This was an amazing challenge. Souffle is one of those dishes that everyone is intimidated by, but, in reality, isn't as hard as it seems. I had made souffle once before (I don't even remember what kind...!) and was really excited to do it again. Especially with the tips and guidance of some amazing fellow Daring Cooks! I only had one regret with this challenge. I only made one souffle during the course of the month. I had planned on making a sweet souffle at some point, but it never happened. Sad... But, luckily, I am not limited by the month of the challenge! So hopefully sometime soon you will check back here and see a delicious sweet souffle!!
Now to the one I did make....
One of the challenge recipes provided was for a Watercress Souffle. Sounded good, and was a nice, vegetarian recipe to use. But I have never used watercress. Nor do I care to. Not that I have anything against it, I just am not jumping up and down to try it. Not when I could easily substitute one of my favorite leafy veggies - spinach. So I adapted the recipe a little to make my own spinach and cheese souffle.
Souffle is basically composed of two basic parts - the beaten egg whites and the base. The egg whites give the souffle its trademark lift and fragility, while the base provides the flavor and the "structure." The base recipe Dave and Linda gave us was really like making a white sauce - make a roux, add the liquid, add the flavoring/cheese. Their method, though, added the liquid in small batches rather than all at once. It worked so well! I have to try to remember that the next time I want to make home-made mac and cheese! Once the sauce is made, it is time to add the egg yolks. Dave and Linda recommended tempering the yolks before adding them by, essentially, cooking them over a double boiler. This was a method I had never heard of before, but it worked well. It brought the yolks safely up in temperature for health reasons and for ease of adding to the base. Yet another great trick learned courtesy of the Daring Kitchen!!
The egg white part of the souffle is the one which most people get nervous about. Whipping egg whites can be intimidating. Whip them too much and they separate into dry and wet elements. Too little and they don't have enough air to do much of anything. I must say, though, I love my KitchenAid mixer...! It made whipping the egg whites easy - just a matter of watching them! Nice and firm peaks, not too stiff, but plenty of hold.Egg whites whipped, base ready, only a few more steps. Prepare the baking dish - butter the dish well, then coat the dish with something - in this case grated cheese - to help the souffle climb, and also to provide a bit of texture. Then the base and the whites have to be combined carefully - mixed enough to combine, but not so much that the egg whites deflate. Finally the mixture is poured into the prepared dish, then the whole thing goes into the oven. One of the hardest parts of souffle making is keeping the oven door closed during the baking process. Letting heat out of the oven makes it so that the souffle won't rise as much. Thankfully I have a window in my oven door, and I was able to watch the progress safely!!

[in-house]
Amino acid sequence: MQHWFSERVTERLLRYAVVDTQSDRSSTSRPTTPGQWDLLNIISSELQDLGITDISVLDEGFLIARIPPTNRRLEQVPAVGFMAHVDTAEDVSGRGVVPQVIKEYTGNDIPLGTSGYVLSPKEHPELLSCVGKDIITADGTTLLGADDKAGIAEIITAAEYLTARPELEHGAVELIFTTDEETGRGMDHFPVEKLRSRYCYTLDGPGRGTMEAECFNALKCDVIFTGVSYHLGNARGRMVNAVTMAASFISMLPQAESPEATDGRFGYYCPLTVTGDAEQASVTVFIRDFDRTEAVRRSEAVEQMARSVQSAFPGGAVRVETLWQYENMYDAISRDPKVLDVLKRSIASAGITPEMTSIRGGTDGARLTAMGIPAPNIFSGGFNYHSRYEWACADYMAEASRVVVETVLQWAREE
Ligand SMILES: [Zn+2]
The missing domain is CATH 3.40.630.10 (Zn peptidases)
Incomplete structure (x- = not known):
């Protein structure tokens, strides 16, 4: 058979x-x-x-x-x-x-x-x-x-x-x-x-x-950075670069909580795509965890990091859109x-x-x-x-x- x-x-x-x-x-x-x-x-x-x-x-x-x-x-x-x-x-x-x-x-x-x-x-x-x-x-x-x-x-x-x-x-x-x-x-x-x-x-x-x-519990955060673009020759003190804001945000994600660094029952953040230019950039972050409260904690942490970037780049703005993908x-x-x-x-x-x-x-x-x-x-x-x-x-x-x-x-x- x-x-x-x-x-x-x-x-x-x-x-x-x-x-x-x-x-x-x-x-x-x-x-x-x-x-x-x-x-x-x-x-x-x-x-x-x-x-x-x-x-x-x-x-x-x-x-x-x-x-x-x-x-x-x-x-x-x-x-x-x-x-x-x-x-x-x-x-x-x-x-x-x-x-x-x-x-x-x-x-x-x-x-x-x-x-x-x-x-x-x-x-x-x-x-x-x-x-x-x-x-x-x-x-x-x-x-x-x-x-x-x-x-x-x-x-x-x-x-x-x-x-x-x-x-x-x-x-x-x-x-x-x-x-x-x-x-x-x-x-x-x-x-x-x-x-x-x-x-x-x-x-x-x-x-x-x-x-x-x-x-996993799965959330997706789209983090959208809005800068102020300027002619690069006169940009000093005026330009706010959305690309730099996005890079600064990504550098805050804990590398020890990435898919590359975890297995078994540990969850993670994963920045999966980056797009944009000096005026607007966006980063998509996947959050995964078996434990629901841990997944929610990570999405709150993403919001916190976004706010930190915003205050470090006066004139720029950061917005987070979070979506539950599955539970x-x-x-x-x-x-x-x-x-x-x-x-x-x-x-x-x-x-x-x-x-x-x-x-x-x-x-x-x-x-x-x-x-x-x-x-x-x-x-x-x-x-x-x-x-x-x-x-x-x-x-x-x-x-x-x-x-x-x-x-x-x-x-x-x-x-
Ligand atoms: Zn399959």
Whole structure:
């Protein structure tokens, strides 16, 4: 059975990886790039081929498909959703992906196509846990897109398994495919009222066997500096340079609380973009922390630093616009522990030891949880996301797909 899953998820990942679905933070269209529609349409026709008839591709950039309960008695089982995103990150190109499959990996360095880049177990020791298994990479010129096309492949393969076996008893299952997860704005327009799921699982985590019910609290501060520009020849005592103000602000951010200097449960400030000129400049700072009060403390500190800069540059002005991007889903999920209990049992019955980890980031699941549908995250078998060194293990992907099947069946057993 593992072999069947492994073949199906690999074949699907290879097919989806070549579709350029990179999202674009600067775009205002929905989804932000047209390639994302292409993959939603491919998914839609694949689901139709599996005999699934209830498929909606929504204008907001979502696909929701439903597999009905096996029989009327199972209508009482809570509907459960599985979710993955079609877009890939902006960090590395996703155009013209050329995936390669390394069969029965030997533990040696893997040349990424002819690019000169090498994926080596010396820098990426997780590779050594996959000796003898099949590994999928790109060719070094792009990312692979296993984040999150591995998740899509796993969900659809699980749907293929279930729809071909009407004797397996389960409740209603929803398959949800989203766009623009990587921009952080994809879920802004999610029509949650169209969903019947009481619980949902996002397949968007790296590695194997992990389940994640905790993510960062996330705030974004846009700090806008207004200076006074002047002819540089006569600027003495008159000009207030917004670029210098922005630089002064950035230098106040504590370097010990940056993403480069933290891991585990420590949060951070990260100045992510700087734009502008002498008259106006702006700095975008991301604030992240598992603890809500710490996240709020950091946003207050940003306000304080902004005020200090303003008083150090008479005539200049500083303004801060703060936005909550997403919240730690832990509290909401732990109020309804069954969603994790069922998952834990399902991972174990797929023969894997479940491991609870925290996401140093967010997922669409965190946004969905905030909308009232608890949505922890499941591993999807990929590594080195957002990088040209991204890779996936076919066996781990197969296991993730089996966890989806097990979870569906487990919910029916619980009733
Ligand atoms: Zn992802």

Yeah, it rose a little crooked, and no, it didn't get as high and fluffy as I would have liked. But oh well. The important part (as with so many things...!) was what was on the inside. I had a nice crispy crust, and then the inside:
It held its form, but was still a little gooey... Yum! This was an delicious dinner! We all agreed - even Little Girl!
As I said at the start, this was an amazing challenge! It brought out such creativity among the Daring Cooks, you have to check out their work! Dave and Linda, thank you so much! I am so glad to have this in my arsenal now, and I really am looking forward to making this dessert souffle soon!